Manzanar, from the Spanish, means “apple orchard”; but its history begins with the Paiute Indians, who (thankfully) did not come into contact with the Europeans until the 1820s, perhaps even a little later. Homesteaders and miners forced their way into Paiute lands in the early 1860s and the US military helped “relocate” over 1,000 Paiute Indians to Fort Tejon in 1863. (America has been spectacularly good at “relocating” others throughout history—but that’s the subject of a book.) There are other arresting chapters of the history of Manzanar and the Owens Valley: this, too, is the subject for a long disquisition on how Los Angeles acquires its water. Jack Nicholson got only a broken nose when he started nosing around, being overly inquisitive about the water flowing into Los Angeles and the parched gardens of the wealthy; the Indians, typically, were relocated when they were not killed outright, and they all got broken hearts.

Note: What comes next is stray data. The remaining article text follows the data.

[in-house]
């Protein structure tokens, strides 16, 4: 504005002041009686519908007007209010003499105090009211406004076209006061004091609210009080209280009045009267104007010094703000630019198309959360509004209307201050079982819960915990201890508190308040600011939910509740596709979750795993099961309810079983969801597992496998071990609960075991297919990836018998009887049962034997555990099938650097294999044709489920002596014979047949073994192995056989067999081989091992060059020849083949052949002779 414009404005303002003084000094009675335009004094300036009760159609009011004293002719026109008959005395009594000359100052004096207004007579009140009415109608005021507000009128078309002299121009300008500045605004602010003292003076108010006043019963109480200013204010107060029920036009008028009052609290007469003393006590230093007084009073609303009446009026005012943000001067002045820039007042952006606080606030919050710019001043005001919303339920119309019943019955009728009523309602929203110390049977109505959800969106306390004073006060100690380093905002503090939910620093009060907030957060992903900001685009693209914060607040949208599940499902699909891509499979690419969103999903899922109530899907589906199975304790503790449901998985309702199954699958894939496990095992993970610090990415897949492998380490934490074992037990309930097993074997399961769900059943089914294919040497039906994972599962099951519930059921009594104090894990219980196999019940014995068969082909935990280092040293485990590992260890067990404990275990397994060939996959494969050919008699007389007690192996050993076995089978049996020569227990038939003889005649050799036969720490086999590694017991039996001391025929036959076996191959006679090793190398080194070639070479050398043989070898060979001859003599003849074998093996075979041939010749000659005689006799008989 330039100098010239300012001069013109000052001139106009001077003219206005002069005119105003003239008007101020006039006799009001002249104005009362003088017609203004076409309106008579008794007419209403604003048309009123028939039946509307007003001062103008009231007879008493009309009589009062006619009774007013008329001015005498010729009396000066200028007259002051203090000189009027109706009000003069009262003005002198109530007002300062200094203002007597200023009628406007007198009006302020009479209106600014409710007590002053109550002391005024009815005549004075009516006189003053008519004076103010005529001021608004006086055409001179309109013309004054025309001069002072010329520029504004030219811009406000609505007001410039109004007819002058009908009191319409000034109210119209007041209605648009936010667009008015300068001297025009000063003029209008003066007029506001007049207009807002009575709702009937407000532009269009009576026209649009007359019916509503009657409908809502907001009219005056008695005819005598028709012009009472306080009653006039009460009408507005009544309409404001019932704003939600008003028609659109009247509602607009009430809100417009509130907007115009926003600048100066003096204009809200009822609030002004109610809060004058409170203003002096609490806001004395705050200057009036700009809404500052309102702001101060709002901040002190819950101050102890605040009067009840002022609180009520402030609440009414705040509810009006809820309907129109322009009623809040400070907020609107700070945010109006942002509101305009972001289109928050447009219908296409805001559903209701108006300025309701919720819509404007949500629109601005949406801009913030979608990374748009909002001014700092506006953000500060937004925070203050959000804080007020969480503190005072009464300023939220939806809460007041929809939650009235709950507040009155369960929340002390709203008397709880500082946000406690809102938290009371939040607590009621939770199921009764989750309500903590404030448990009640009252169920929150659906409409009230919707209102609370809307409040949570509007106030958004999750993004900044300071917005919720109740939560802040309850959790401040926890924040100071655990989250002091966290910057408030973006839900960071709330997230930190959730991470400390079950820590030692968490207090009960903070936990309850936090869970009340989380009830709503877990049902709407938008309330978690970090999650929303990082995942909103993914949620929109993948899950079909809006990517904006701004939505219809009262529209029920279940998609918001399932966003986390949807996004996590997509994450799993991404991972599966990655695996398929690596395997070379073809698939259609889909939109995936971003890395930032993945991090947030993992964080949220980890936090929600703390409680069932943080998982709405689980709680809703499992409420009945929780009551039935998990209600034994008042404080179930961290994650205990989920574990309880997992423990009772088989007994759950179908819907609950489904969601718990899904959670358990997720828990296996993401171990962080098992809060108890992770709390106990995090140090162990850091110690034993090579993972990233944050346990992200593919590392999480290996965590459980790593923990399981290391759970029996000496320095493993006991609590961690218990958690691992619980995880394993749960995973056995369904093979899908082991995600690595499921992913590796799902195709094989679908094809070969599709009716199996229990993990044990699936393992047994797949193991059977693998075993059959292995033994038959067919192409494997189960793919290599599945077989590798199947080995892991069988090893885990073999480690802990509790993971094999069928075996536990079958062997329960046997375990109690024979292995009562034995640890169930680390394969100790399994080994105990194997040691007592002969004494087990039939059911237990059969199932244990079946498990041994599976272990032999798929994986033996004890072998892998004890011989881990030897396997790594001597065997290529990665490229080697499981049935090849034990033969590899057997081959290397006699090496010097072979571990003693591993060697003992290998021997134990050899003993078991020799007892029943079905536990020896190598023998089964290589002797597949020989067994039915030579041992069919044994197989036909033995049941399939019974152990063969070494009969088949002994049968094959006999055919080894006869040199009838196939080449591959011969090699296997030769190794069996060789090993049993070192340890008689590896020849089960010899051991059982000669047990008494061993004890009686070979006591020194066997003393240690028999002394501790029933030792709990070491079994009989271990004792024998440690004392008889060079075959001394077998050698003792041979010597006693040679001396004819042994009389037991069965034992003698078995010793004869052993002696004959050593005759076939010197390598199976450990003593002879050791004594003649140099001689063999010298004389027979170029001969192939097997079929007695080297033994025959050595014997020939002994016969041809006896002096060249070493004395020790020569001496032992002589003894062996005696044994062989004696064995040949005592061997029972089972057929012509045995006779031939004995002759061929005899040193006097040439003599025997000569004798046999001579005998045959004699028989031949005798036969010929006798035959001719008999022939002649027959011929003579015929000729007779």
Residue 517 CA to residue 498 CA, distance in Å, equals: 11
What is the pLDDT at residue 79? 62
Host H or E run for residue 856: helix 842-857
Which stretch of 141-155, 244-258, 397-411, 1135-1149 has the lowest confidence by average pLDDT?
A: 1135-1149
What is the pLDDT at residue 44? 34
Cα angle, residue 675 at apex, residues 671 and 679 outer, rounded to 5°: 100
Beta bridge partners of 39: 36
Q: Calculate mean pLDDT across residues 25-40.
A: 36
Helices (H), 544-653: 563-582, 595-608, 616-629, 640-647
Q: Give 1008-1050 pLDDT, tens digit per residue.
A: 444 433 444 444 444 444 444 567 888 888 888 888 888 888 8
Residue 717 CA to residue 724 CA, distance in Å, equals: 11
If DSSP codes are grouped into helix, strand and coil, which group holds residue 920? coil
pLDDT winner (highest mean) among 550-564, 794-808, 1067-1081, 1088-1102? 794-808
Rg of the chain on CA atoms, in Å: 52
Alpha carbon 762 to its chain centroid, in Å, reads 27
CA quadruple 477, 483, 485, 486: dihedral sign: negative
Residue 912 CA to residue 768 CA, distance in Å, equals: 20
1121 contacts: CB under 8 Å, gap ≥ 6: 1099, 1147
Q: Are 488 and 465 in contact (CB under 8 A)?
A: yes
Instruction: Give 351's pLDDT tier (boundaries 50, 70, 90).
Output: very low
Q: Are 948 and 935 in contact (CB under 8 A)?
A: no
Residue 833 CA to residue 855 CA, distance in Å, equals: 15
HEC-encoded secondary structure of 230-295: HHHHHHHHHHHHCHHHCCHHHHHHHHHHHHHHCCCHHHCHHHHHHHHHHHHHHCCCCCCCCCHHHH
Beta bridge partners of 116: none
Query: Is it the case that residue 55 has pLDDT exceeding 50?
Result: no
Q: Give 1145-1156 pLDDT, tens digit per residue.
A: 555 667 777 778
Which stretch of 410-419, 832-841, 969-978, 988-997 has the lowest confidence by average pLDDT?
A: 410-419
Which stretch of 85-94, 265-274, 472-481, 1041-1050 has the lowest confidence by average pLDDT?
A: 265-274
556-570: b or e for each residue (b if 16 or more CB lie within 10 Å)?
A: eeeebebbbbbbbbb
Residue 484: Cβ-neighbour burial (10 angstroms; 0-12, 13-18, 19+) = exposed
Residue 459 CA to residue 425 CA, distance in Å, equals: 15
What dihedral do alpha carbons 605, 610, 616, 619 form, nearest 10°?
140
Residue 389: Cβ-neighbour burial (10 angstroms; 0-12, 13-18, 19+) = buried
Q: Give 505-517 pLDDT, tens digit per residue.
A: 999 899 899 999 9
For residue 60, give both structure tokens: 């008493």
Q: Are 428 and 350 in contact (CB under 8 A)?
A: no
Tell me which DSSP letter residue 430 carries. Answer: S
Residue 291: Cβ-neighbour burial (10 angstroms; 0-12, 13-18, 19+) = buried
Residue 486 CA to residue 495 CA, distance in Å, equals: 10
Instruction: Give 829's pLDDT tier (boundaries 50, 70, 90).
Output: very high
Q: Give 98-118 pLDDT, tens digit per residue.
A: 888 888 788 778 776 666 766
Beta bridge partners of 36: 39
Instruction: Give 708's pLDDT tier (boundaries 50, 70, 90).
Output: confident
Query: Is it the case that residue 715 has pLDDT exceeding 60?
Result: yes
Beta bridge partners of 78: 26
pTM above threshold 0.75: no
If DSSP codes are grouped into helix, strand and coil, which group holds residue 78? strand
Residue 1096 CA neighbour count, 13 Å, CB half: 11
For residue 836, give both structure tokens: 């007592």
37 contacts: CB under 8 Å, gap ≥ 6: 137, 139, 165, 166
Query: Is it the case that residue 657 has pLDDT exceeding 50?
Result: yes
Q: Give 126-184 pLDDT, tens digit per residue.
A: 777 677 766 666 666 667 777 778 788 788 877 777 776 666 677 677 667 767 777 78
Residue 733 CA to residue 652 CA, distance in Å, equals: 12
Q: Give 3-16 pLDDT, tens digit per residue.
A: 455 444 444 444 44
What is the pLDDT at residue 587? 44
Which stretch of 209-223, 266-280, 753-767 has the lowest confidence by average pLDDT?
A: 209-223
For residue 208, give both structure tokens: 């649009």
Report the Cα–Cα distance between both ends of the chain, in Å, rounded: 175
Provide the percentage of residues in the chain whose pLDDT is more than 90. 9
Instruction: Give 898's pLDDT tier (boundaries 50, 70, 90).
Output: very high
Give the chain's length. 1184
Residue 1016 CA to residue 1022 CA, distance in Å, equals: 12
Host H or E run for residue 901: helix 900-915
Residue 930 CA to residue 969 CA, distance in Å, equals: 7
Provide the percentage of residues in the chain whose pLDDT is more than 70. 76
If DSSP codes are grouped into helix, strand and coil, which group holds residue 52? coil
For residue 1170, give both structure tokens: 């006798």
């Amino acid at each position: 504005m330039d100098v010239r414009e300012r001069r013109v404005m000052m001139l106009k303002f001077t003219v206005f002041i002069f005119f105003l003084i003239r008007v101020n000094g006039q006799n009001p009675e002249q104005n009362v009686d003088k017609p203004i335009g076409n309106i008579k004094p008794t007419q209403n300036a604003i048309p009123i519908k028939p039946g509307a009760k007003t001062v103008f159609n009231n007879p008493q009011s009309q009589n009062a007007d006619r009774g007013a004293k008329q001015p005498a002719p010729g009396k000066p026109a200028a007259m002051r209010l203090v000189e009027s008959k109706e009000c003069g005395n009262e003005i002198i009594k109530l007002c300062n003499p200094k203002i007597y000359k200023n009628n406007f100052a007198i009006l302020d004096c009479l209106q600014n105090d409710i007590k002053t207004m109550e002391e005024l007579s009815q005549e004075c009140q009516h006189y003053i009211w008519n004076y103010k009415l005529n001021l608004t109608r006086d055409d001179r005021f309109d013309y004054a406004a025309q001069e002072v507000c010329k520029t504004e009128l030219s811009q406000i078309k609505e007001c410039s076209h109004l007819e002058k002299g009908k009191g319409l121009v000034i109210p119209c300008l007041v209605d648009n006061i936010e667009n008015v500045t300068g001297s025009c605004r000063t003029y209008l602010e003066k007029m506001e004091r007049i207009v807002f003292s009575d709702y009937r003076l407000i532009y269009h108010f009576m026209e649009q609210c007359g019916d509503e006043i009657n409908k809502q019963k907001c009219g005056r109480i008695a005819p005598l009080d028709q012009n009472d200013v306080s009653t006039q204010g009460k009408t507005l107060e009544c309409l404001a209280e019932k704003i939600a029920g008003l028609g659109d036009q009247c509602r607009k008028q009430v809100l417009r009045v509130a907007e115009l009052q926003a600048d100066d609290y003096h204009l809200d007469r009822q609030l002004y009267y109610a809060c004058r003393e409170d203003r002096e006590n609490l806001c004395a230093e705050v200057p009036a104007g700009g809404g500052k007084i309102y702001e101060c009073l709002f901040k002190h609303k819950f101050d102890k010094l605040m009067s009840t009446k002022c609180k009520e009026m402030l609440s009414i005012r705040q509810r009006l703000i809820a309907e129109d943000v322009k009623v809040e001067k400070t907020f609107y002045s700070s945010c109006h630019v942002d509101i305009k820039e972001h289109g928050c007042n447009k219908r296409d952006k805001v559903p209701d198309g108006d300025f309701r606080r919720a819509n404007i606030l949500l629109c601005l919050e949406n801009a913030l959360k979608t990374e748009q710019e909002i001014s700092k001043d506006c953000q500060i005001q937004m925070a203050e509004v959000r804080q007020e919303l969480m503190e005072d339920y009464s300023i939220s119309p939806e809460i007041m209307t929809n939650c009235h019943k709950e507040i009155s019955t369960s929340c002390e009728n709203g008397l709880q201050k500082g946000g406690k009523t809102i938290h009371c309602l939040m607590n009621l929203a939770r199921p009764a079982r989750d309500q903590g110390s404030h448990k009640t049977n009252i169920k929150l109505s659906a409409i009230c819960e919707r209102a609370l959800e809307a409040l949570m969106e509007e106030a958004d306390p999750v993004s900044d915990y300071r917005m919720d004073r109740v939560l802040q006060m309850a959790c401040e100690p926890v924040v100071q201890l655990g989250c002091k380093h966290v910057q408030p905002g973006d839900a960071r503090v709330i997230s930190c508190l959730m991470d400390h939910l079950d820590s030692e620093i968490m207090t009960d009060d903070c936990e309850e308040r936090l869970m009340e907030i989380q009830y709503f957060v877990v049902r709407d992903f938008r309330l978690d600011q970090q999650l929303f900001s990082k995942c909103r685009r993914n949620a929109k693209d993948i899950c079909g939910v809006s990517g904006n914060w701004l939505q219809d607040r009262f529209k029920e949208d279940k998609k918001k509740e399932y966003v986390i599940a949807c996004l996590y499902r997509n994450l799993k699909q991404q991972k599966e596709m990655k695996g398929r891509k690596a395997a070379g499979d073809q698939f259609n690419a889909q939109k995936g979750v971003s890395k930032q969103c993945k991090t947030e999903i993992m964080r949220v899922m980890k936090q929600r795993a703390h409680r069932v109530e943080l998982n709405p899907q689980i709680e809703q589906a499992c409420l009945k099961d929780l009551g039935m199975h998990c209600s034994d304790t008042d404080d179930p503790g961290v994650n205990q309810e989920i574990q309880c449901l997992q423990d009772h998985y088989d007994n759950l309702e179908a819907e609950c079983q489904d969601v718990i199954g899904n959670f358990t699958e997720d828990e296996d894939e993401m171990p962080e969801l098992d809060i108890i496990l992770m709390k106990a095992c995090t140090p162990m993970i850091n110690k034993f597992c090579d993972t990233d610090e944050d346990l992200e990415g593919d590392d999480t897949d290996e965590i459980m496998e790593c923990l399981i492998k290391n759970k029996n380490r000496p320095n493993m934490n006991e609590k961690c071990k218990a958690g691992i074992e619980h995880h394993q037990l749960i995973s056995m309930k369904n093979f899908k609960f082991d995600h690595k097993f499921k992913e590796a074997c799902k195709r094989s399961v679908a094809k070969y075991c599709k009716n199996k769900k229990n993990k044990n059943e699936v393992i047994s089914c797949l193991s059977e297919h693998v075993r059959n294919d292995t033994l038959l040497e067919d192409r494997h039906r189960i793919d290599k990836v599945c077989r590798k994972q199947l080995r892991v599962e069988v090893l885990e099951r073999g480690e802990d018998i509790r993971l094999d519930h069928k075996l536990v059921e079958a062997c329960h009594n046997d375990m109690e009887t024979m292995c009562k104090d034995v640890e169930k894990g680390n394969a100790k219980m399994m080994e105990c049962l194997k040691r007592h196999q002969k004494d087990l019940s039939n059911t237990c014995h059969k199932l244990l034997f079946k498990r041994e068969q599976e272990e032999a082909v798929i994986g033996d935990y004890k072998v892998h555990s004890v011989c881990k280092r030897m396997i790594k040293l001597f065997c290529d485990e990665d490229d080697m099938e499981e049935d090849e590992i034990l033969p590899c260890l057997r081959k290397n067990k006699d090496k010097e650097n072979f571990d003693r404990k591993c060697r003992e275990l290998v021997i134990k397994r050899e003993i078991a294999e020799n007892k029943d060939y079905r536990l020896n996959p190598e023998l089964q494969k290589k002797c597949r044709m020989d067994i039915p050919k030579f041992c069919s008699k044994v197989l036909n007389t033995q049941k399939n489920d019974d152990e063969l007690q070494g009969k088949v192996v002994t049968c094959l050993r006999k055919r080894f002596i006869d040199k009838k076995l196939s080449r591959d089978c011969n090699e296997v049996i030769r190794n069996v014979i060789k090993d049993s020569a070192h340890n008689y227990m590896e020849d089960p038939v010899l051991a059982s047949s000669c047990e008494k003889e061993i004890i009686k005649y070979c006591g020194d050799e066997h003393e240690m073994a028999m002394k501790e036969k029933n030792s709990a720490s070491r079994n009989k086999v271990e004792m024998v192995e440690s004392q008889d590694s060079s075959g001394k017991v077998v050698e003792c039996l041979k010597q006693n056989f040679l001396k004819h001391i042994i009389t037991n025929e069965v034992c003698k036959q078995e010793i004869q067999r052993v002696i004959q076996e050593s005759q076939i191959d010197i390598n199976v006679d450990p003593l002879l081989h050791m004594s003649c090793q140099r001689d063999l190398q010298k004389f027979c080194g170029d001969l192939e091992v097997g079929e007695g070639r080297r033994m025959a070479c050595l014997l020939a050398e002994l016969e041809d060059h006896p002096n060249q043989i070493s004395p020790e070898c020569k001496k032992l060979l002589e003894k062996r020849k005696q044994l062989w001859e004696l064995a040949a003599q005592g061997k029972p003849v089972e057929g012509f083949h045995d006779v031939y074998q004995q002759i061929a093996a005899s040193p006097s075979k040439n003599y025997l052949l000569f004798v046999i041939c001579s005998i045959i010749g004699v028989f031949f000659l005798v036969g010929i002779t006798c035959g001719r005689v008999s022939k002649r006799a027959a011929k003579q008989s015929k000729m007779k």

In the aftermath of the war, Manzanar was torn down and the camp was dismantled; the barracks in which the internees were held were taken apart. The camp was officially closed on 21 November 1945. However, history, heritage and humbug conspired, as they have done so on thousands of occasions in the United States, to have Manzanar declared a California Historic Landmark in 1973; nearly two decades later, George H. W. Bush, that great custodian of liberties, signed into law a statute which declared Manzanar a National Historic Site. The onus to remember the past, allegedly in order to avoid the mistakes of the past, is of course deeply scarred into the sensibility of western modernity: thus the triumphant place of history in the radical, liberal, and conservative imagination alike. The same sensibility also encourages every ethnic group to assimilate into the fabric of American society, and yet retain pride in its own heritage: thus the ascendancy of identity politics on the American campus and elsewhere, which is now a non-negotiable element of the discourse of American multiculturalism. The other word for all this is humbug—but I shall delve into Manzanar, the “National Historic Site”, in the second part.